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X-UP CASE STUDY

THIRTY SECONDS ON MTV

Three TV spots

THE CHALLENGE

Young people have been hearing HIV-prevention / safer-sex messaging for their entire lives. It has become part of the background noise of their world. They fully understand the risk they’re taking having unprotected sex, but they do it anyway. Our mission in this campaign was to get through to them and actually get them to think about what they’re doing.

HUMOR

The most difficult aspect of communicating with young people – especially MTV viewers – about having safe sex is that they feel like they’ve heard it a million times before.

They simply don’t want to pay attention.   And they certainly don’t want to be lectured.

MTV knows how to reach its audience, and the approach they favor is comedy. Their rule of thumb is that you know you’ve got the viewers’ attention if you can get them to laugh out loud.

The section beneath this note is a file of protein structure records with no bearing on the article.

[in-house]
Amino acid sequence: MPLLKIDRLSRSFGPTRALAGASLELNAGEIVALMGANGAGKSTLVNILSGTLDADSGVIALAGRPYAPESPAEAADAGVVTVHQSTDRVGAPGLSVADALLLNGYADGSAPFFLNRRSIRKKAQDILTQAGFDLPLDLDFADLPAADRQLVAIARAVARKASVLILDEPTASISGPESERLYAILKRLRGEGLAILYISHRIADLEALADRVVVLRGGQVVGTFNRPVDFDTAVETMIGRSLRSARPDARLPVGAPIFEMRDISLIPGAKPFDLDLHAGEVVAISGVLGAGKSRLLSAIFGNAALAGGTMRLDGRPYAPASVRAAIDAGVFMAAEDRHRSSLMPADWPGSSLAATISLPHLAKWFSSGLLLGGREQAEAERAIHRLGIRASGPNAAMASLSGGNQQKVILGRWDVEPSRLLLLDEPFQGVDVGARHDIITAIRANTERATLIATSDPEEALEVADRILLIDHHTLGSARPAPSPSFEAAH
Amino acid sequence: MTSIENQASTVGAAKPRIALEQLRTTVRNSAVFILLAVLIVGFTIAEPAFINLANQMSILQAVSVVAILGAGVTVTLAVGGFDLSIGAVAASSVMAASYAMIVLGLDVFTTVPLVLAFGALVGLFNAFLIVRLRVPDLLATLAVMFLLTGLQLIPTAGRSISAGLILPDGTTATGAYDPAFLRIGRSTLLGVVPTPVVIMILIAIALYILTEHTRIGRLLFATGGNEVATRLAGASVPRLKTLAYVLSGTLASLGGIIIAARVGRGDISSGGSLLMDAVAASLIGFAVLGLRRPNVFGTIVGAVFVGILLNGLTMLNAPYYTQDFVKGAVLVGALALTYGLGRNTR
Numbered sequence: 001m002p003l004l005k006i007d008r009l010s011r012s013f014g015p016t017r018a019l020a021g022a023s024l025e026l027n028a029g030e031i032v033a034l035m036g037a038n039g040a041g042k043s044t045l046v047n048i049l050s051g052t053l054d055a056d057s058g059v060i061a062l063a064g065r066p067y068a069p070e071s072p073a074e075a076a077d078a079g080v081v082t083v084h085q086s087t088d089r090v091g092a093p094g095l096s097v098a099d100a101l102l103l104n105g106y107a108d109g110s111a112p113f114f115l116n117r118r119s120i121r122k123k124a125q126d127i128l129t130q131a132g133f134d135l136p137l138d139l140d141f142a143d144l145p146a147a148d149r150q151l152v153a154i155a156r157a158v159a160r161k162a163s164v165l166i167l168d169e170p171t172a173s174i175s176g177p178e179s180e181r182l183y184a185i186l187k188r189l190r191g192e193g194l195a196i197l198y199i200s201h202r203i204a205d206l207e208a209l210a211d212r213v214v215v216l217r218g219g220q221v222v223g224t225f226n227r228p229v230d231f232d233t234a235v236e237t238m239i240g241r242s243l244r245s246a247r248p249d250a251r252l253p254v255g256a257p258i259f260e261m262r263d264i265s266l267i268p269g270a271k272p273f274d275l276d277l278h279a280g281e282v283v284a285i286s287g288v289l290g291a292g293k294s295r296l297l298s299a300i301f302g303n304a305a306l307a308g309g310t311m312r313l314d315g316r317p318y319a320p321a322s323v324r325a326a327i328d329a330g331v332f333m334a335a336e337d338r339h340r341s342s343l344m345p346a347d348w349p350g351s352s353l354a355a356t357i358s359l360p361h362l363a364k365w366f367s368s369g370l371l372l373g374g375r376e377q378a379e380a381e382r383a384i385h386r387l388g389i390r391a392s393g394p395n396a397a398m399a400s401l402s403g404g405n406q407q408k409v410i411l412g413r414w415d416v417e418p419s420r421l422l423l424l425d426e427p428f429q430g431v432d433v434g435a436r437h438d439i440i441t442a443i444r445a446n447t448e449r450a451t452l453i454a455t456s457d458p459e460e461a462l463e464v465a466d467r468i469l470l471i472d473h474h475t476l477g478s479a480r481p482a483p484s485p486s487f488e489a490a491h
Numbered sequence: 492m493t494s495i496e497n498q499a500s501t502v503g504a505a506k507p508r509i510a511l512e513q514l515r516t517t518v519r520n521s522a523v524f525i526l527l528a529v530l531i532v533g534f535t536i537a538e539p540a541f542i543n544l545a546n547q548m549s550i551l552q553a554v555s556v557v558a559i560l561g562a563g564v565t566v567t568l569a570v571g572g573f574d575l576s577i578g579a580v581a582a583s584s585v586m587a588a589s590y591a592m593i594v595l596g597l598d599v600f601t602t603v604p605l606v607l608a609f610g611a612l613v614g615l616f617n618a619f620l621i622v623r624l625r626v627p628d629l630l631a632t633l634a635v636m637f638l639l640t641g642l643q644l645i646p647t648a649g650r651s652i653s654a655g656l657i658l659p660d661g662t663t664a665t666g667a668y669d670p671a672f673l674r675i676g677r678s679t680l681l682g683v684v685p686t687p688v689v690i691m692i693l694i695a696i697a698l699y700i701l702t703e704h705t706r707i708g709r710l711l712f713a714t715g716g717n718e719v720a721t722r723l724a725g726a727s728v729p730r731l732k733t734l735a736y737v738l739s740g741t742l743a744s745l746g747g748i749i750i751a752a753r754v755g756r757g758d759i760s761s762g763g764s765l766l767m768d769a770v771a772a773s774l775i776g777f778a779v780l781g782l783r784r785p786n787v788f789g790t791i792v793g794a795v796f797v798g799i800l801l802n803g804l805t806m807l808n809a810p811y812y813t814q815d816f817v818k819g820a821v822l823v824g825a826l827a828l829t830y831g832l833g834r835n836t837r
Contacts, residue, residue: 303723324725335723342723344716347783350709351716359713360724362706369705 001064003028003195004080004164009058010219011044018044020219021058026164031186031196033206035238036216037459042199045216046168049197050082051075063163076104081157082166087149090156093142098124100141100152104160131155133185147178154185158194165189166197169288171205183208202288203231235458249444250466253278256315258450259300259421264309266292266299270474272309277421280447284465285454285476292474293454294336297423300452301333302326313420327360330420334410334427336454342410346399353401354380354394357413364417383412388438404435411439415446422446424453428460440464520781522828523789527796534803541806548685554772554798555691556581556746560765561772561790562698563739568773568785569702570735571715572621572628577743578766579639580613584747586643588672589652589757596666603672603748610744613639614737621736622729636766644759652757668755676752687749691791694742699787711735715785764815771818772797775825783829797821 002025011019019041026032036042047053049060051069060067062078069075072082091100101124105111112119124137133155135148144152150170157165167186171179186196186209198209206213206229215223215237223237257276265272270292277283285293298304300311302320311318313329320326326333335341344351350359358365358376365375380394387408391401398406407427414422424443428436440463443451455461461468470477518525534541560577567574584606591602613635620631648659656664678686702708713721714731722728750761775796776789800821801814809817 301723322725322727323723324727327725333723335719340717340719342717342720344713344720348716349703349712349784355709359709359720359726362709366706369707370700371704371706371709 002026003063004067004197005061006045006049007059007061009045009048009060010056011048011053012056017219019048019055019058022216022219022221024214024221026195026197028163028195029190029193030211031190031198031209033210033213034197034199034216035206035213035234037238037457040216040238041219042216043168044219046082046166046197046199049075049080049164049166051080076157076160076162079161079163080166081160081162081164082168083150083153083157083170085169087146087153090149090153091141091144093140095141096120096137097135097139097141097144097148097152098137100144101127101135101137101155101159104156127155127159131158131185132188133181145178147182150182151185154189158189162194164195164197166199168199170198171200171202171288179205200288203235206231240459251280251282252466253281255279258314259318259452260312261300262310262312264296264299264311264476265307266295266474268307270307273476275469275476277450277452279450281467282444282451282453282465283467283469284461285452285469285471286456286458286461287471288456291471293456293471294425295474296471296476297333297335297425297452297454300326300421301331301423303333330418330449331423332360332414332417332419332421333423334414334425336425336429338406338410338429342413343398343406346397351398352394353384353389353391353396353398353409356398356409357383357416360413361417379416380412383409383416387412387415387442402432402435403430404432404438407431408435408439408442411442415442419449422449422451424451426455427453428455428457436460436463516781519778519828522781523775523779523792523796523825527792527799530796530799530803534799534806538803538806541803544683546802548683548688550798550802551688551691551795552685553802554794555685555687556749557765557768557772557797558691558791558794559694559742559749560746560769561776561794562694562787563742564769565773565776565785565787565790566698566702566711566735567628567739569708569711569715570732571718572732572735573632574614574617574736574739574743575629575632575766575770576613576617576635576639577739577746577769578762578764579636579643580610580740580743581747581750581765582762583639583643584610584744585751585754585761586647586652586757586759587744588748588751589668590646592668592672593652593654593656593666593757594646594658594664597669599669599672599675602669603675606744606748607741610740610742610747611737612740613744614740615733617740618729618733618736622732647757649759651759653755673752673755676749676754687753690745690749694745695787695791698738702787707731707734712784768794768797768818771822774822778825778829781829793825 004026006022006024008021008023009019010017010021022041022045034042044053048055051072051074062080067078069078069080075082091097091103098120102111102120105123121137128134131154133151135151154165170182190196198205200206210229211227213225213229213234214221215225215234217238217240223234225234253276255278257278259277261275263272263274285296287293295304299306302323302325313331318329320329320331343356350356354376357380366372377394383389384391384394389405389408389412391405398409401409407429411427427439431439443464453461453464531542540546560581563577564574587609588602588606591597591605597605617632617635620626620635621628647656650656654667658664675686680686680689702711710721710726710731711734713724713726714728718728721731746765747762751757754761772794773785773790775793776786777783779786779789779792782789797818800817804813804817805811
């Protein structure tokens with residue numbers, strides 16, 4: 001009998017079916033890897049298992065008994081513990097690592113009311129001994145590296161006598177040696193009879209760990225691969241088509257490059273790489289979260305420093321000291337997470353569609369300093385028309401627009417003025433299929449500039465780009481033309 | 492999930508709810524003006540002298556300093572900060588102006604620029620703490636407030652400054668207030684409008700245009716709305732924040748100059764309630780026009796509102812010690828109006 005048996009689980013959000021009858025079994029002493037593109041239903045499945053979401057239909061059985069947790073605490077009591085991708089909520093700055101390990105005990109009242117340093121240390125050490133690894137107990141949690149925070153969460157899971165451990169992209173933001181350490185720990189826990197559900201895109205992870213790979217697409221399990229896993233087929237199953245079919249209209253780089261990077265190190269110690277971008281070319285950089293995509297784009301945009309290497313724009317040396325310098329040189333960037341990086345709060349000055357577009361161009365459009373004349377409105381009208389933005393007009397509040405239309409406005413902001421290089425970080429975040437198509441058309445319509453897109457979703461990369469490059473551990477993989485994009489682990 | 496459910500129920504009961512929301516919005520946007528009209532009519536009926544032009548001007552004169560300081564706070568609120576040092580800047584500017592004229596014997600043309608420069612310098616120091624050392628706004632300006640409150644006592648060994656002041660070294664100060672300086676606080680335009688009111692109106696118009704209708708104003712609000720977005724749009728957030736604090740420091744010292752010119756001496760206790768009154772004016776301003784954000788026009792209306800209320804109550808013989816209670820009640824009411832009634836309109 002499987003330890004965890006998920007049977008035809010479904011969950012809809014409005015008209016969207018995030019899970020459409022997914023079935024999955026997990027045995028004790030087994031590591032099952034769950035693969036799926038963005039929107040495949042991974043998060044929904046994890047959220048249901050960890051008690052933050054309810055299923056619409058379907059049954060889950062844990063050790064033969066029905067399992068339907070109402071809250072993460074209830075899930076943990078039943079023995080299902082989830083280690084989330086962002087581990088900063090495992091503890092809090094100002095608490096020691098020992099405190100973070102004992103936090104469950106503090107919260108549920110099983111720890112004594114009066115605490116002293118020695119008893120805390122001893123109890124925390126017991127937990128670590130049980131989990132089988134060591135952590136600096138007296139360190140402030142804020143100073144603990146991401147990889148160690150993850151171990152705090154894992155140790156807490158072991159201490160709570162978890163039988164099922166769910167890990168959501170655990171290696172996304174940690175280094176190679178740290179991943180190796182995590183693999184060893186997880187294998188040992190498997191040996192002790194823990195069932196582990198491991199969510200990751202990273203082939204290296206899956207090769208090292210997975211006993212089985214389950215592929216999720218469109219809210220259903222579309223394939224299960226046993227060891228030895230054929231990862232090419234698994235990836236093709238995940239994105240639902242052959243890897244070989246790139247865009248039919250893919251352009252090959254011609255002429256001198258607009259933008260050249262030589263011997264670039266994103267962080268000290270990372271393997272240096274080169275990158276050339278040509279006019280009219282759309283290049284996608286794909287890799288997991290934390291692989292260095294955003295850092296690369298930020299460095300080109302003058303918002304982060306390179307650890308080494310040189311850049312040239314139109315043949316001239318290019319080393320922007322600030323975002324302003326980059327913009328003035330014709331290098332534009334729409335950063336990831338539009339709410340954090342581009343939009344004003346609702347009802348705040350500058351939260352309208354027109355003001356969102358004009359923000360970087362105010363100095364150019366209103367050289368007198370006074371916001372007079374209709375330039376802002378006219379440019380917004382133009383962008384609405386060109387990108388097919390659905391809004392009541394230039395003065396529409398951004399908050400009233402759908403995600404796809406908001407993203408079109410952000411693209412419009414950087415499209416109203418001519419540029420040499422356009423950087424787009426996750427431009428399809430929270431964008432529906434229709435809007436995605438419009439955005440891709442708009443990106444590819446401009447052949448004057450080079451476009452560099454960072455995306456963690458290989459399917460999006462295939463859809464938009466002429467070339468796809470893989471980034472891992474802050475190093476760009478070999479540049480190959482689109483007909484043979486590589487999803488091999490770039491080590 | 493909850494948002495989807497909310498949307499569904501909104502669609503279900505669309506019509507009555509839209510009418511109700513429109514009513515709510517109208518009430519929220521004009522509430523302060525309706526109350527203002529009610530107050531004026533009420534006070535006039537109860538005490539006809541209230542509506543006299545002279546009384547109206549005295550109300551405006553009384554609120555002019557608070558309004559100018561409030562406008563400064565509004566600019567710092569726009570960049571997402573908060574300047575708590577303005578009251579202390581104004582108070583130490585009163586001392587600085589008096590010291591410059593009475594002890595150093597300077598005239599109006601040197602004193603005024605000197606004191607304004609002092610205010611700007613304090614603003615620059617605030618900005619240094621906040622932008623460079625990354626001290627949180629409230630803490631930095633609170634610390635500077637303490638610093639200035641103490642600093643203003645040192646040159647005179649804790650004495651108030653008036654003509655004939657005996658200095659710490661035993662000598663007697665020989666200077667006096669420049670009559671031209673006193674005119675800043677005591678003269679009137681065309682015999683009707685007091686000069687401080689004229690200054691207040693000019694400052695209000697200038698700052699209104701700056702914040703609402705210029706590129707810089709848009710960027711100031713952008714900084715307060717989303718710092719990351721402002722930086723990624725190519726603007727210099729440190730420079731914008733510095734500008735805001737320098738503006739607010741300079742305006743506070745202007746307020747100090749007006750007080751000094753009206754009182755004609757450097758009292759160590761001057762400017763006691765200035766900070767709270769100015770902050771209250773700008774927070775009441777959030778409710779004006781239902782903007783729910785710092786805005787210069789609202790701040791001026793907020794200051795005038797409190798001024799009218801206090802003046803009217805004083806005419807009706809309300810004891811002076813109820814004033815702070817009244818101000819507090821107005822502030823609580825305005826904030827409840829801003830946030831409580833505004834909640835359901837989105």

But is it still possible to communicate a serious message through humor?

This may be the only way to communicate the message.   This target audience is immune to health warnings and other “look-what-bad-thing-will-happen-to-you-if-you-don’t-do-what-we-say” type of messages.

The style of communication that has been proven to work in communicating public health messages to youth is humor.

A funny joke is always based on a kernel of truth. Telling the joke in a smart and engaging way may be the best way to communicate that truth.

And we’ll know we’ve got their attention when we hear them laughing.

We wrote this brief for Mother London, and Michael Franzini served as co-Creative-Director alongside Mark Waites.